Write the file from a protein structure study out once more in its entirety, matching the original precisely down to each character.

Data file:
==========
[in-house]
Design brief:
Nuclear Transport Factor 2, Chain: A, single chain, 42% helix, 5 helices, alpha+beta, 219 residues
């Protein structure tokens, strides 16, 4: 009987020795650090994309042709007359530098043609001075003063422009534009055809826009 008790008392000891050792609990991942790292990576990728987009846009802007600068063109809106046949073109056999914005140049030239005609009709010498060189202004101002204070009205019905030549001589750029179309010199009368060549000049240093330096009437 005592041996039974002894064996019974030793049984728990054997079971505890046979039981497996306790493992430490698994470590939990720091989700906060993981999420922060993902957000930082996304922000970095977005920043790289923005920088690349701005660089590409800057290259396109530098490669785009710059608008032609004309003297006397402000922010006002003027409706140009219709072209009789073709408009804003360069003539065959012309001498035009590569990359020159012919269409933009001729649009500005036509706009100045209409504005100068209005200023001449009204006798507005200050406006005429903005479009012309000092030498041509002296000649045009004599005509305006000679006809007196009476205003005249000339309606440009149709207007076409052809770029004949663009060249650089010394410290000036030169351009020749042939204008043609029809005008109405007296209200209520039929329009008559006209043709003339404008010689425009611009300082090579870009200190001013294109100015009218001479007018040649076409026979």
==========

[in-house]
Design brief:
Nuclear Transport Factor 2, Chain: A, single chain, 42% helix, 5 helices, alpha+beta, 219 residues
């Protein structure tokens, strides 16, 4: 009987020795650090994309042709007359530098043609001075003063422009534009055809826009 008790008392000891050792609990991942790292990576990728987009846009802007600068063109809106046949073109056999914005140049030239005609009709010498060189202004101002204070009205019905030549001589750029179309010199009368060549000049240093330096009437 005592041996039974002894064996019974030793049984728990054997079971505890046979039981497996306790493992430490698994470590939990720091989700906060993981999420922060993902957000930082996304922000970095977005920043790289923005920088690349701005660089590409800057290259396109530098490669785009710059608008032609004309003297006397402000922010006002003027409706140009219709072209009789073709408009804003360069003539065959012309001498035009590569990359020159012919269409933009001729649009500005036509706009100045209409504005100068209005200023001449009204006798507005200050406006005429903005479009012309000092030498041509002296000649045009004599005509305006000679006809007196009476205003005249000339309606440009149709207007076409052809770029004949663009060249650089010394410290000036030169351009020749042939204008043609029809005008109405007296209200209520039929329009008559006209043709003339404008010689425009611009300082090579870009200190001013294109100015009218001479007018040649076409026979």